Without Galileo, life goes on

July 25, 2019  - By
Galileo's Control Centre in Fucino is used to oversee the satellites' navigation payloads and services.(Photo: ESA)

Galileo’s Control Centre in Fucino is used to oversee the satellites’ navigation payloads and services. (Photo: ESA)

Global markets learned something important from the brown-out of Galileo signals over a week’s time in July: Life goes on without a hiccup in the absence of the European GNSS.

Very unfortunately for the backers and boosters of Galileo, this message will reverberate down through the years. If vital affairs proceed unaffected by Galileo’s travails, or triumphs for that matter, who needs it? The response, a shrug. I’m tempted to say a Gallic shrug, were it not that the Gauls, the French, are prime among the system’s boosters and backers.

I’m among that number as well. Galileo and I have known each other all our lives, all our professional lives. When I started on this magazine 19 years ago, the first story I edited was on Galileo’s public-private partnership.

Galileo then was just a collective gleam in several politicians’ and scientists’ eyes. Look how far it has come: 20 satellites flying in various operational or testing states.

The European GNSS Agency was very careful to point out during the crisis that Galileo is in its initial services phase. Its signals are available for use in combination with other GNSS and are not intended to provide a complete solution by themselves. This status is expressly designed to allow for “the detection of technical issues before the system becomes fully operational.”

So, it doesn’t count. Because, the game hasn’t really started yet. Right?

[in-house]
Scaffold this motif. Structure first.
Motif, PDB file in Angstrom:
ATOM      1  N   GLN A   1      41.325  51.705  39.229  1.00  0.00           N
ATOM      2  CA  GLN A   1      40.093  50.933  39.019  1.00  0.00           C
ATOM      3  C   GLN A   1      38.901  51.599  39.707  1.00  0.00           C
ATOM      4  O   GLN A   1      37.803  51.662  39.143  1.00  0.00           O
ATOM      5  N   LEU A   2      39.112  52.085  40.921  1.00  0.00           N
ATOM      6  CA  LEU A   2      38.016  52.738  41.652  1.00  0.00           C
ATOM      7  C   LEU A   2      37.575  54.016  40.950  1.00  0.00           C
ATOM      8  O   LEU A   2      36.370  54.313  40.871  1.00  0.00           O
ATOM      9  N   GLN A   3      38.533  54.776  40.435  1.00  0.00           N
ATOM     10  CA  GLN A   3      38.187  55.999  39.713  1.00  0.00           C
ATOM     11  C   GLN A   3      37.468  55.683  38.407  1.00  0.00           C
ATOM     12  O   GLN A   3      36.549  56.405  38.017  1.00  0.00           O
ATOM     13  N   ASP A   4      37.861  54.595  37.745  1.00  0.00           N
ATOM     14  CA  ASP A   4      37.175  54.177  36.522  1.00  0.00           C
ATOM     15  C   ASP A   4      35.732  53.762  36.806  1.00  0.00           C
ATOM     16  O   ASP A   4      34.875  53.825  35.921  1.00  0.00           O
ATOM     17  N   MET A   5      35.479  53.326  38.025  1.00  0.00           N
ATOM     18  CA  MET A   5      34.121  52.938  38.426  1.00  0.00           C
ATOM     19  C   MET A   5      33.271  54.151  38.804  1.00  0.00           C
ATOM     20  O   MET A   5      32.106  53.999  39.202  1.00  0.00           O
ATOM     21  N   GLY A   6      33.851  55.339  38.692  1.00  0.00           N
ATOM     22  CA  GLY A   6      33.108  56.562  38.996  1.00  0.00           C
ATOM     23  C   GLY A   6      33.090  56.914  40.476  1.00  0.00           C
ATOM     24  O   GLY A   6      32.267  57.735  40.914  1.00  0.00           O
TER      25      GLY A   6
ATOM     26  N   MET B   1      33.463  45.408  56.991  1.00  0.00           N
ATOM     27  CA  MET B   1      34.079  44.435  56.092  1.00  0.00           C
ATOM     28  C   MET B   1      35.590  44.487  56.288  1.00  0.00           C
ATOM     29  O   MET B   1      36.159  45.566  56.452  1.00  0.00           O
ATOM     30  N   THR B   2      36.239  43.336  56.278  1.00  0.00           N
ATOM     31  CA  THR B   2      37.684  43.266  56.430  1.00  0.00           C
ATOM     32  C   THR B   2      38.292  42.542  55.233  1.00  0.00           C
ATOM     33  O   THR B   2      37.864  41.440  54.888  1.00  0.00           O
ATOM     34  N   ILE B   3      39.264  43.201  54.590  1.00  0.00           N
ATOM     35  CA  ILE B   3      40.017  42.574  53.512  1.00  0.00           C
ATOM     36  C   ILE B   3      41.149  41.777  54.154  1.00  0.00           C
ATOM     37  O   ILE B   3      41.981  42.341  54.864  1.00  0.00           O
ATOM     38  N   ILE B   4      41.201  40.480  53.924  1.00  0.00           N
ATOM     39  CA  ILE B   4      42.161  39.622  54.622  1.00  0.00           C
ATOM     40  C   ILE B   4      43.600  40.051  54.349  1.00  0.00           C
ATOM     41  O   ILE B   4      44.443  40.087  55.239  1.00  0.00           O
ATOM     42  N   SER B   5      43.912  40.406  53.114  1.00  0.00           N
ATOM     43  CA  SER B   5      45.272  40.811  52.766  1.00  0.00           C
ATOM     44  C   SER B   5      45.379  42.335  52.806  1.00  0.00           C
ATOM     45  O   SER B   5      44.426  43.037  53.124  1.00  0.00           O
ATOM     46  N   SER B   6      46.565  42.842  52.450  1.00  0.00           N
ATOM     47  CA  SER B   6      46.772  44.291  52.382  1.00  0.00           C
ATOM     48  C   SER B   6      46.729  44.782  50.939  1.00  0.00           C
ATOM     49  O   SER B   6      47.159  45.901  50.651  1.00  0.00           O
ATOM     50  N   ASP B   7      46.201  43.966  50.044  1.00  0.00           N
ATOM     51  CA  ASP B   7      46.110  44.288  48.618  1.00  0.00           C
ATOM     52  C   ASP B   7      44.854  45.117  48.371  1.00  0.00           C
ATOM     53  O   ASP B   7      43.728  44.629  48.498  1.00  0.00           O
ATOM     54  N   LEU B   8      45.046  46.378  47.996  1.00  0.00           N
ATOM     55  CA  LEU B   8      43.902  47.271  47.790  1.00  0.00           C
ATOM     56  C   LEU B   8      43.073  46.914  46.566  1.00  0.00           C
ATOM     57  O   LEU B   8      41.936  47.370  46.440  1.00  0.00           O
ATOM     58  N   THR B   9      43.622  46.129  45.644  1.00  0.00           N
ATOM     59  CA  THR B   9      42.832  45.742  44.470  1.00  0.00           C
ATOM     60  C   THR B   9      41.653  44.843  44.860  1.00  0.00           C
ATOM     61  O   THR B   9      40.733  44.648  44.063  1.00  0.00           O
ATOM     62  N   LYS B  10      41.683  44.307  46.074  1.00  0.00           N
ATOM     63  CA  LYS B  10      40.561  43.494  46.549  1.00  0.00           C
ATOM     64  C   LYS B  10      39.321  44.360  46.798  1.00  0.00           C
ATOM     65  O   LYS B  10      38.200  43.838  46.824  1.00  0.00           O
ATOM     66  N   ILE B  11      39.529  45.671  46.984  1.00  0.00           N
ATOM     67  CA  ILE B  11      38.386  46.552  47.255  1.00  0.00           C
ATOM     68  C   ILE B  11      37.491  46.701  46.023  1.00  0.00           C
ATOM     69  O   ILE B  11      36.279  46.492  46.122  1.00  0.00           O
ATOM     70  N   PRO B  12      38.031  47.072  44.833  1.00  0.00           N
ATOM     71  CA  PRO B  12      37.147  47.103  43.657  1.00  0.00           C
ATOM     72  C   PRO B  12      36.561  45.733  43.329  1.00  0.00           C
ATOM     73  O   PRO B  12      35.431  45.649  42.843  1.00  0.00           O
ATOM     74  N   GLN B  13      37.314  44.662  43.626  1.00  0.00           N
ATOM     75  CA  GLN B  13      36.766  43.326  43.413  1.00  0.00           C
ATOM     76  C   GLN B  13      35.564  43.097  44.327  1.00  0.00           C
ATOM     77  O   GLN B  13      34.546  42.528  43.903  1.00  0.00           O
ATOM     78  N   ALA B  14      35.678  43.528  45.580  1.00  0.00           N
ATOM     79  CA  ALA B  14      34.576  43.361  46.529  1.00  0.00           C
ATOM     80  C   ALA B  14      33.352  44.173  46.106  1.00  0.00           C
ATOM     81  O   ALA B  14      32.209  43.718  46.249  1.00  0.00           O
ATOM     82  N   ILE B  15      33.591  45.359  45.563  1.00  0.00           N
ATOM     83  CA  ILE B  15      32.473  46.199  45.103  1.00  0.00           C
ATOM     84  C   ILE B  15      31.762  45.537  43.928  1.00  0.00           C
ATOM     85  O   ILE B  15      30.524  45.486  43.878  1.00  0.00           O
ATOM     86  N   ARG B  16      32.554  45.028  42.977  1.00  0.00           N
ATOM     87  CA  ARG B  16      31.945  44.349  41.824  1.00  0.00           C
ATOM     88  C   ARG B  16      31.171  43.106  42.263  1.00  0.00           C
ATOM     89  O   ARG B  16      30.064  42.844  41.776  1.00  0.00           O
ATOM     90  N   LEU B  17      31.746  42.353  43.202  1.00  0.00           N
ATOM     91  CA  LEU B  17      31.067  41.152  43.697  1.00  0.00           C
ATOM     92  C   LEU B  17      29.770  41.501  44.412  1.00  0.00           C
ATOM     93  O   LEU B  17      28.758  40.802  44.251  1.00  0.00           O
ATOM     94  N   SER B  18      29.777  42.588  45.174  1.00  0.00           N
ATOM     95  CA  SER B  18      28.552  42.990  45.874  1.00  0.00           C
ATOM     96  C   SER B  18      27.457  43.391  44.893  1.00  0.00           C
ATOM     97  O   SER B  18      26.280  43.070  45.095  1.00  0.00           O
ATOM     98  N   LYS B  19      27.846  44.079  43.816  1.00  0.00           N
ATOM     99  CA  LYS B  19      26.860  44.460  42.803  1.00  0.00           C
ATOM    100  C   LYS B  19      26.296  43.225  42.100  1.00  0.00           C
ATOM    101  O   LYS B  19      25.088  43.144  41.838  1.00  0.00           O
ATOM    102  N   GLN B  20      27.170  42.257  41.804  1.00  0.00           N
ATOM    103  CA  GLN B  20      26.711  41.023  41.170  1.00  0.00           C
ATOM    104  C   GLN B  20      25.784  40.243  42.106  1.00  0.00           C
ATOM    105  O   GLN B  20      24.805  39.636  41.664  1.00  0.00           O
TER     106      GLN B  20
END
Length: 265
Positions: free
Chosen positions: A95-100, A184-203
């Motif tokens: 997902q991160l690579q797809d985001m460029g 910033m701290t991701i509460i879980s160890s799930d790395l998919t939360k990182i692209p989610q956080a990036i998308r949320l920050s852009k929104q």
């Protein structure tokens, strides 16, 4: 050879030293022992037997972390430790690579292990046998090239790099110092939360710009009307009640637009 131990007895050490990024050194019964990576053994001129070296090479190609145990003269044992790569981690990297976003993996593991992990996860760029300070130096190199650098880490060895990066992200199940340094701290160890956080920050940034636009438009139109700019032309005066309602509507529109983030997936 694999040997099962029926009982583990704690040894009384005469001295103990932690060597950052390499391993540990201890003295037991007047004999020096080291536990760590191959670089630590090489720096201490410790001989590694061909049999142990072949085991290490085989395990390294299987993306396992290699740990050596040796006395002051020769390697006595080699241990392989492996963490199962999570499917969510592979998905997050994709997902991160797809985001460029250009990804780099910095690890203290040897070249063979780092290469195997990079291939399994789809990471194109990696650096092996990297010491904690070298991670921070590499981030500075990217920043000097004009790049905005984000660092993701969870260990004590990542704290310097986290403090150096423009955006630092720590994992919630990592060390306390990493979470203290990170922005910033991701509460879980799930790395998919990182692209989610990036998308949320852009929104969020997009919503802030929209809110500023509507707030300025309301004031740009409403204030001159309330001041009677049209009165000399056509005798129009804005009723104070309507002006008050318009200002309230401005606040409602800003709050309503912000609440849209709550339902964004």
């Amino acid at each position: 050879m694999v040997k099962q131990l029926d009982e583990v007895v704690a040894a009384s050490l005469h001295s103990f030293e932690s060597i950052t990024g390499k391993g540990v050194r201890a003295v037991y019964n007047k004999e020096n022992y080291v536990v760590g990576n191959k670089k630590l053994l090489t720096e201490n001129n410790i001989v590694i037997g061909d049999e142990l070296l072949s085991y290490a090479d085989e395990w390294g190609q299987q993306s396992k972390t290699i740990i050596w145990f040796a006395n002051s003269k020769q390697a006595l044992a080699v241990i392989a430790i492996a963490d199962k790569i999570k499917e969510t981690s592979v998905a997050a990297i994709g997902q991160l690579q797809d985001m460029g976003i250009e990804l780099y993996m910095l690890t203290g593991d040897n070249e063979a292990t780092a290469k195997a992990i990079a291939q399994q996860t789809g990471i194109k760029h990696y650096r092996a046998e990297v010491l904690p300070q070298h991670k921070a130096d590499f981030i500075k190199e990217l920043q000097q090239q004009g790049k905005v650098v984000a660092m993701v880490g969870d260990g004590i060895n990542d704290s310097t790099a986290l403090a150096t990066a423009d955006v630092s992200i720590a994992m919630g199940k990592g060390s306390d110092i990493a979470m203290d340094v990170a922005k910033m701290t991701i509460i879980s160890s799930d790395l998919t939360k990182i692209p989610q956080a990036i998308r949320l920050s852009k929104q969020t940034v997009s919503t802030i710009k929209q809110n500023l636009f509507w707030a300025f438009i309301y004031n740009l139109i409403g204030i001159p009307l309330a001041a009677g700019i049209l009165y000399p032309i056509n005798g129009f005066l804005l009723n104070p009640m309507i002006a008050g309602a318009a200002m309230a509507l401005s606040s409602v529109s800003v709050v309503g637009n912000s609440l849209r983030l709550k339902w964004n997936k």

Not quite.

Because this episode occurred, it will be remembered. Because it lasted so long, it will be factored. Because the official announcements about it were so obscurantist, the system may find it more difficult to regain trust.

Of course a full, careful, in-depth investigation must take place before officially announcing what caused the debacle. But more than was said could surely have been said, during the crisis. A full week now, as of this writing, after the week-long outage concluded, we still have no indication as to which piece of ground equipment or software failed and why there wasn’t a smooth transition from the Italian to the German control station.

Redundancy was built into the system to preclude exactly such failures as this. Why didn’t redundancy work?

Transparency is a rhyming word that goes well with redundancy.

Trust — corporate confidence — is fundamental to installation in multi-GNSS chips, boards, modules, all manner of devices. Four systems compete for spots at a table that may comfortably fit only three. Even three could be a stretch.

GLONASS suffered a much shorter (11-hour) timing glitch in 2014, and has yet to climb back into the public-confidence ring.

Here’s a very public lesson in transparency: When the GPS satellite SVN49 failed rather spectacularly in 2009, the GPS Directorate was very forthcoming, almost embarrassingly so, about what happened and why. GPS never lost a step in the public’s and the industry’s eyes.

About the Author: Alan Cameron

Alan Cameron is the former editor-at-large of GPS World magazine.

1 Comment on "Without Galileo, life goes on"

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  1. This assessment isn’t quite fair. Current systems did continue to function, but even current systems experienced degraded accuracy, availability, and integrity with the lack of Galileo. The next generation of systems are making use of Galileo’s unique functionalities and its place as one of four constellations to provide higher availability and integrity to meet the very challenging requirements for autonomous driving.

    Can you provide data to back up your claim that no services were affected? We saw degraded functionality in several regions when it came to accuracy and availability especially in urban canyons with limited skyview.